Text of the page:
When a Hamster Reaches the End
The guilt is setting in
One day I will tell my daughter the truth…..
Upon returning home from our annual trip to Canada for 3 weeks we noticed a considerable difference in our 2 year old hamster, which is equivalent to a person in their late 80s, she had aged visibly. Her eyes were dull, she lost a tooth and was moving very slowly. In the past, you wouldn’t dare leave her on the floor for a minute or two or she’d be gone, now she just waddled around like a little old lady, often toppling over.
The End Is Nigh
However, a couple of weeks ago she really started to go downhill. Caramel, the hamster, had stopped grooming herself, her bottom teeth were excessively long, her abdomen was swollen along with one of her eyes, she was incontinent and cold to the touch. Some thought her lethargy may be down to going into hibernation, but we know our hamster well and she was definitely on the way out.
After a bit of Googling, I learned that hamsters of this age, are susceptible to tumours, which would have explained the swollen abdomen and the swelling could also be an indication of impending heart failure. I was torn about what to do. I had a long conversation with a mobile vet and she said there is very little a vet could do besides, euthanizing her and disposal.
After reading, When a Hamster Reaches the End by David Imber, as she did not appear to be in pain and it seemed imminent, I decided to keep her at home and care for her giving my daughter the opportunity to learn about the cycle of life and caring for the elderly. Plus, I felt that her natural surroundings would be less stressful than putting her in the car and taking her to the vet.
She could no longer feed herself, we hand fed her water, yogurt and the juice from crushed grapes several times a day. We used cotton buds and olive oil to clean up her bottom, baby wipes to clean her fur, gave her extra bedding and I often kept her in my coat when working at the computer to keep her warm.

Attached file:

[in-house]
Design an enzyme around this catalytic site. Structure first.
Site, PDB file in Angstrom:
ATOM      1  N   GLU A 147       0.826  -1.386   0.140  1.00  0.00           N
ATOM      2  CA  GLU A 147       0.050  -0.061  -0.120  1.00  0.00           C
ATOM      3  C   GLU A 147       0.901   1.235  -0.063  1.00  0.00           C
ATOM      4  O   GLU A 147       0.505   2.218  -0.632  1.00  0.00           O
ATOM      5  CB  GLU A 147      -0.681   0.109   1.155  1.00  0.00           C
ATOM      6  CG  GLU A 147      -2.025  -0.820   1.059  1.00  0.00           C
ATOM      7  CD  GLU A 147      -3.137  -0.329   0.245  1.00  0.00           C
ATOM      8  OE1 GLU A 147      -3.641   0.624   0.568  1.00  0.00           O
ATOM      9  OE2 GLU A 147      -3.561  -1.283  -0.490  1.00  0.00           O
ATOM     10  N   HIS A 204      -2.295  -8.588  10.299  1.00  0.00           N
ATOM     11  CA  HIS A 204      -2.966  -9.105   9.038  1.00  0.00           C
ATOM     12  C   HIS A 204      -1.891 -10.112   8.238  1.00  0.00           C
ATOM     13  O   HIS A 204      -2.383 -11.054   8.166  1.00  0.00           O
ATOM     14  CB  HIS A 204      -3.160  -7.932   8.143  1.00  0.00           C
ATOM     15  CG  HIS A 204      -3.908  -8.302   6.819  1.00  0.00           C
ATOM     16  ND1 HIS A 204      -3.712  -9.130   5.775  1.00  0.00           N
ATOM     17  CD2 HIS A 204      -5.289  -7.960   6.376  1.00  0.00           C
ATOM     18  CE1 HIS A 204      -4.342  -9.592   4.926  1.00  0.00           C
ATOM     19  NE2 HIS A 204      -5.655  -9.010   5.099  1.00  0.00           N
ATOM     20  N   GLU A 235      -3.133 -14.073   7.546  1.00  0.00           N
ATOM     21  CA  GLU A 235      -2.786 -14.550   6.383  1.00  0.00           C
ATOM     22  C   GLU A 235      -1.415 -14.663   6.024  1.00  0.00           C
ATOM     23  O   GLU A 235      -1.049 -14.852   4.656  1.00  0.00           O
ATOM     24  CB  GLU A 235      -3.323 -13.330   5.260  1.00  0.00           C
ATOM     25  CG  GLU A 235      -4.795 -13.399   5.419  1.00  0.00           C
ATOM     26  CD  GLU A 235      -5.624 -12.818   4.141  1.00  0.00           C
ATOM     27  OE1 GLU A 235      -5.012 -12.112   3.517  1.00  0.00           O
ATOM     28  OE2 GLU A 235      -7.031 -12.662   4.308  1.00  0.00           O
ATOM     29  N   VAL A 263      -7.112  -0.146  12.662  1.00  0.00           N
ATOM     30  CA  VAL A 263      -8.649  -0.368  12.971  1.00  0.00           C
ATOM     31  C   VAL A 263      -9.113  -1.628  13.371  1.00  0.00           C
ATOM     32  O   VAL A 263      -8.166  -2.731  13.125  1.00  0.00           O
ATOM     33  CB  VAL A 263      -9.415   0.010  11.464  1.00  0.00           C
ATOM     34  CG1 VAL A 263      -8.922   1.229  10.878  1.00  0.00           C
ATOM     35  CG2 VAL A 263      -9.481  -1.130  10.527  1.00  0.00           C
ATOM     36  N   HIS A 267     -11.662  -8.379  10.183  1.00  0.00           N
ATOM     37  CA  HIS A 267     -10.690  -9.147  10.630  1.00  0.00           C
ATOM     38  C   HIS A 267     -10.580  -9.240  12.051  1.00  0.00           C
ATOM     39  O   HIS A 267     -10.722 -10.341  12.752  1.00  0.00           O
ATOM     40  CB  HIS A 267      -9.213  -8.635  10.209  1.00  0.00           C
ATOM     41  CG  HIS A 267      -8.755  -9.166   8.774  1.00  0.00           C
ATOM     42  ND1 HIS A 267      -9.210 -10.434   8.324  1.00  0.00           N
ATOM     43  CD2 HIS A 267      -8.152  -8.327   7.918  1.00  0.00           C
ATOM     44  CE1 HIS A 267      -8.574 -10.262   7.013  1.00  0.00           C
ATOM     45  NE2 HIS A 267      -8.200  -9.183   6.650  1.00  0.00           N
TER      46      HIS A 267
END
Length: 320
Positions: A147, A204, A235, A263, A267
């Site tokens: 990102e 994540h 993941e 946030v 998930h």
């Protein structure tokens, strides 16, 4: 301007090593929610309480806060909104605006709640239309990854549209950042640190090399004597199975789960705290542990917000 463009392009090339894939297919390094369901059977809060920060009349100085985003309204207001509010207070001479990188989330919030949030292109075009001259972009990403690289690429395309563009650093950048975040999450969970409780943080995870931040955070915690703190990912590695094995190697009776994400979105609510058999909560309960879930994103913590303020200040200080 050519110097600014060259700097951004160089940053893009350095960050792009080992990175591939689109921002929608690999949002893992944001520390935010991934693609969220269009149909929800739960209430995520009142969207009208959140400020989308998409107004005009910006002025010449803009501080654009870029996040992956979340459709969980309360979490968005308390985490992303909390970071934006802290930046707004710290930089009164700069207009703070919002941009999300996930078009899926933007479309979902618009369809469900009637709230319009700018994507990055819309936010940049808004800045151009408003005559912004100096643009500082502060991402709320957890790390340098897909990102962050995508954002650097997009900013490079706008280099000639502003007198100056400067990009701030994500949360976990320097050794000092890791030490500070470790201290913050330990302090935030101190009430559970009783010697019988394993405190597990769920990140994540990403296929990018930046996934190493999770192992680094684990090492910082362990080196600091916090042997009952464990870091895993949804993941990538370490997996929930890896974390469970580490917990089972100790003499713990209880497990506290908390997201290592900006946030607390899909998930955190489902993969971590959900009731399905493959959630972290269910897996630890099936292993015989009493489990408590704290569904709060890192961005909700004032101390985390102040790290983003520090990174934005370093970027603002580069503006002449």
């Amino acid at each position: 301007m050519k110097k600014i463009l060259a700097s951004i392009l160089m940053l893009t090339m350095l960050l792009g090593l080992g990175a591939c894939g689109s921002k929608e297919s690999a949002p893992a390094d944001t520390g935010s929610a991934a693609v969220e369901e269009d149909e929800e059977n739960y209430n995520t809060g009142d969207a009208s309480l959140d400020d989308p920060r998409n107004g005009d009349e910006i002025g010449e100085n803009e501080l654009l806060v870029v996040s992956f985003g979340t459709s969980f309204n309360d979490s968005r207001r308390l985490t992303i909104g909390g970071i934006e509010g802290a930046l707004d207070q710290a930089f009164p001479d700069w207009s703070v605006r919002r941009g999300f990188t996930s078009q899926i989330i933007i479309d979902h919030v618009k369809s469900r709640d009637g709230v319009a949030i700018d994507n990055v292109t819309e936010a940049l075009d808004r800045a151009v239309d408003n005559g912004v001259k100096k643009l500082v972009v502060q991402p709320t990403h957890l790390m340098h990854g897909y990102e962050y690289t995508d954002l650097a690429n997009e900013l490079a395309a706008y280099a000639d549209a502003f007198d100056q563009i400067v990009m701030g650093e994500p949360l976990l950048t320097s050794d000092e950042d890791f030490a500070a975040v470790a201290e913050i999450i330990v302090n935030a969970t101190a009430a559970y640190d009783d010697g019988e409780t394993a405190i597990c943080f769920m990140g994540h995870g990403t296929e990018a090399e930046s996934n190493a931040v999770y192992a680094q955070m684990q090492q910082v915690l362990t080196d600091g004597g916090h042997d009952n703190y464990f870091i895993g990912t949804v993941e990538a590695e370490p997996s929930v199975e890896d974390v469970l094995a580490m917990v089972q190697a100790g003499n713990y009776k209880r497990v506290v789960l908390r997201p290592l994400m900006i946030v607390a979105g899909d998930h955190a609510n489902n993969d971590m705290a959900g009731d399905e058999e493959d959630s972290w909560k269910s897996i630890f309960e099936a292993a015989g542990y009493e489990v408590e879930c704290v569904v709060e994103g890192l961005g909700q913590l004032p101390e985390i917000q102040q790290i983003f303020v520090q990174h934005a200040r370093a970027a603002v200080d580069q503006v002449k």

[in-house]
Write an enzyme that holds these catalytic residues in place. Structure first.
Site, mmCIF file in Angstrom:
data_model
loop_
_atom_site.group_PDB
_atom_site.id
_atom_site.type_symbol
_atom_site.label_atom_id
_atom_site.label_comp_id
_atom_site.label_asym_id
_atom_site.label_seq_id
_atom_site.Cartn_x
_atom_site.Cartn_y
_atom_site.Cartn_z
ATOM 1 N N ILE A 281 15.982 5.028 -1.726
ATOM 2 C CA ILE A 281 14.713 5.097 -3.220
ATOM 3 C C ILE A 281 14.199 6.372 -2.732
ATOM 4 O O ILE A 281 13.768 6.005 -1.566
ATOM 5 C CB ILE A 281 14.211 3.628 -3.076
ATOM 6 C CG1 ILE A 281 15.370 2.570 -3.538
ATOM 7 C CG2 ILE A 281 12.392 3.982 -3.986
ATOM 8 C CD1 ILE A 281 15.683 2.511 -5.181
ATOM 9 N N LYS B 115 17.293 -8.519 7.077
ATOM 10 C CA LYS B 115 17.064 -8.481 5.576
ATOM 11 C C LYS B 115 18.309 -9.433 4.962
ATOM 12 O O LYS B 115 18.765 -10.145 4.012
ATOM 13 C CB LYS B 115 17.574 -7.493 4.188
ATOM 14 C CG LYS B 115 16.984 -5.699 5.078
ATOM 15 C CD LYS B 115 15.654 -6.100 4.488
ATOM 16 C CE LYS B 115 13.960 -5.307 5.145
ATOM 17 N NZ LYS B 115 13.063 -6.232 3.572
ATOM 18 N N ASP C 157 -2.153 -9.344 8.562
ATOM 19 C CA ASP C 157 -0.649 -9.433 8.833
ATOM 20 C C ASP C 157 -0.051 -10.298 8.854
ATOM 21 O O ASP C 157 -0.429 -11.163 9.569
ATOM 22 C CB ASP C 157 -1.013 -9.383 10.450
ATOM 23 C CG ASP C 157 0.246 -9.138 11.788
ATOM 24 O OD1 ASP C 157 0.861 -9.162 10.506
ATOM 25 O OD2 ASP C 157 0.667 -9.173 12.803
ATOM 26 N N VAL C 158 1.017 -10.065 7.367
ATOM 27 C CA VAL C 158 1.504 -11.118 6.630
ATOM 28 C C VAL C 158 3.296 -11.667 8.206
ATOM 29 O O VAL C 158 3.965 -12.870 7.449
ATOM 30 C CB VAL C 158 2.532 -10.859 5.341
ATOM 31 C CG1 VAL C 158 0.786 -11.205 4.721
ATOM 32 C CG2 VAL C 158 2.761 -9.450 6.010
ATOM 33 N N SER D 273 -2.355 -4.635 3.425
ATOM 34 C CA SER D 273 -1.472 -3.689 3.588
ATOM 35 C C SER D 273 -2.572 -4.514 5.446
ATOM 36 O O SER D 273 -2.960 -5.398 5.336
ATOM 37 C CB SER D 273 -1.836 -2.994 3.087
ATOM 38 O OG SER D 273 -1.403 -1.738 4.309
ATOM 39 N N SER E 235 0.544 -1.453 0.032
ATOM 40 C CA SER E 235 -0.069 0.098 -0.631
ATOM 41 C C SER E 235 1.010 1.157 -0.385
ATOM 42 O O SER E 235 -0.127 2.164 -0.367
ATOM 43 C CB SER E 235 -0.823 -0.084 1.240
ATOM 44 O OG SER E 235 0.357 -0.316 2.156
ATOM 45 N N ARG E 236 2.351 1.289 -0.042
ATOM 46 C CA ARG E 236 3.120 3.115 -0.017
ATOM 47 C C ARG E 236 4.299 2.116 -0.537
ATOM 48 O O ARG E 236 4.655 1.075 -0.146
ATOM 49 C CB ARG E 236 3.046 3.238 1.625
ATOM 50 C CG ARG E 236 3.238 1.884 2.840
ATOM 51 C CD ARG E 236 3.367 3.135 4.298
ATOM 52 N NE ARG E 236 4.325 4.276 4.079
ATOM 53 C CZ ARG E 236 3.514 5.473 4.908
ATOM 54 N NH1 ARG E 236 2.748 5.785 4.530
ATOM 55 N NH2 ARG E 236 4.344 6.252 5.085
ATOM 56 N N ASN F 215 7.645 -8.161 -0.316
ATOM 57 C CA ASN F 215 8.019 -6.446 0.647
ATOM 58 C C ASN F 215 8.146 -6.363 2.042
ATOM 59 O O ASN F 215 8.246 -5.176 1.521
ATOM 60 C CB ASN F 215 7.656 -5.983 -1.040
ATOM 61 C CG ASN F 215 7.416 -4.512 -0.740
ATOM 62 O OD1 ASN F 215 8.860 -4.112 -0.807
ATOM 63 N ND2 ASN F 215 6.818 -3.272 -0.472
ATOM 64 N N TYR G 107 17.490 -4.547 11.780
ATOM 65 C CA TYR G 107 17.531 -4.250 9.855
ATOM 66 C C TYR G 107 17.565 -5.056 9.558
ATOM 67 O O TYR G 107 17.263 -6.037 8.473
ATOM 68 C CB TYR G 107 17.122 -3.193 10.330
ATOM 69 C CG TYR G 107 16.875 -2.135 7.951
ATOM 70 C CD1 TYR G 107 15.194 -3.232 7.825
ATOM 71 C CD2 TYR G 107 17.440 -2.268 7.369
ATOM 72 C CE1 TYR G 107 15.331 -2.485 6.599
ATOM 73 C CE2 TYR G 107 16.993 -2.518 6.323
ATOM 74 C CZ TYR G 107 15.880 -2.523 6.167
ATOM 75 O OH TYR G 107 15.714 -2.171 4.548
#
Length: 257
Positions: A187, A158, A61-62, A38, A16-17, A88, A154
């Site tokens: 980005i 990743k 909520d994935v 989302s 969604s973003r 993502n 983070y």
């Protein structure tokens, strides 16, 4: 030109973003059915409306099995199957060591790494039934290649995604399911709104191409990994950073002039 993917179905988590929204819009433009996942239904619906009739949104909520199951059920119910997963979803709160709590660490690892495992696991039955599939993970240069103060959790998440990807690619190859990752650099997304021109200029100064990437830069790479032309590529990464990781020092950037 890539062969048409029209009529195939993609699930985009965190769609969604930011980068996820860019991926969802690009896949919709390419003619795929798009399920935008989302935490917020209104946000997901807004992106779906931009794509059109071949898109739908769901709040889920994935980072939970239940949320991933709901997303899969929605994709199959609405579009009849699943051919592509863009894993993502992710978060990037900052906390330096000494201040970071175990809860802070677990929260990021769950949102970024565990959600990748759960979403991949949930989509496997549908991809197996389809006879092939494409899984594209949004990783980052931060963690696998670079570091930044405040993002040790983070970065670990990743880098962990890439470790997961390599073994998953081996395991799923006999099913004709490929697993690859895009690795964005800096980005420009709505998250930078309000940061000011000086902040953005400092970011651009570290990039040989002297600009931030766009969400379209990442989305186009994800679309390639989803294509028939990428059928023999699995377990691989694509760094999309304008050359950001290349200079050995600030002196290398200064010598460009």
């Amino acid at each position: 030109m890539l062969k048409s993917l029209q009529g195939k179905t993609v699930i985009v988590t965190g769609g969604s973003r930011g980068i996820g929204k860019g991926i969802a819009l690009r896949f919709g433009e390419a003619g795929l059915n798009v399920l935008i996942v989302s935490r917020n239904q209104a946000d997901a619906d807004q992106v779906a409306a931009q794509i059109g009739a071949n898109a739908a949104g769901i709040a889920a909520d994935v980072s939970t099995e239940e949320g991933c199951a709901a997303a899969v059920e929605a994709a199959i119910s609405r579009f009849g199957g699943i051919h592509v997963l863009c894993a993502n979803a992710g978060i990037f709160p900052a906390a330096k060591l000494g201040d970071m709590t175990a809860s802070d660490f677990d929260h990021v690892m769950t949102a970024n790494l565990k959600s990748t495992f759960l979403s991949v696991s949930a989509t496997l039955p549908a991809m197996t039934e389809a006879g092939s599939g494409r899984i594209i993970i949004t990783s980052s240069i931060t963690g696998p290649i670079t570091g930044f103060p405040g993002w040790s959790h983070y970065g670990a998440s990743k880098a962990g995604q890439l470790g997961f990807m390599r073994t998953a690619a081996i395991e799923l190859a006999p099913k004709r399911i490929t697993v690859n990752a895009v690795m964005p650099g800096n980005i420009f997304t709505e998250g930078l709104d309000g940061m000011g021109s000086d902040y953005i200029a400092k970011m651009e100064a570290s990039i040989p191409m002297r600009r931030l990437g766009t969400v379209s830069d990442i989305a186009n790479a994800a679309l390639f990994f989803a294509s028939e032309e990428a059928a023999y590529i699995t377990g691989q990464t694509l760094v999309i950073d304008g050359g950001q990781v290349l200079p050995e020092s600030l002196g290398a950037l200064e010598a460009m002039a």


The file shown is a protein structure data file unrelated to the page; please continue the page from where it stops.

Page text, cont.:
‘It’s just a Hamster for Goodness Sake’
This went on for about a week. Each morning, I would secretly hope that she would have passed away in the night, but she didn’t. I really couldn’t watch it anymore so arranged to have the vet put her down while my daughter was at school. It was all very swift and professional, using an injection, I brought her home in a box and told my daughter a white lie, that she had died naturally in the afternoon. I couldn’t believe how upset I was, I couldn’t even speak to the vet as I would have started blubbering, which I put down to worrying about my daughter being upset.
But when I told my daughter, she asked to see her, went up stairs, gave her a quick cuddle and then quickly said, ‘can we bury her now?’ The actual burial was more humours than sombre. The area she chose to bury it was laden with tree roots and dry soil, but with the help of a neighbour and an axe we managed. Plus, I never realised what a busy thoroughfare the area was, full of cyclists, dog walkers and commuters all looking at us suspiciously but with a quick over the shoulder remark ‘Hamster’ it appeased their curiosity and they carried on.
In the end, I’m glad we did keep her at home for a time so we could care for her and keep her as comfortable as possible and I think it gave my daughter a chance to say goodbye properly and made it all a bit less tearful.
Would you have done the same?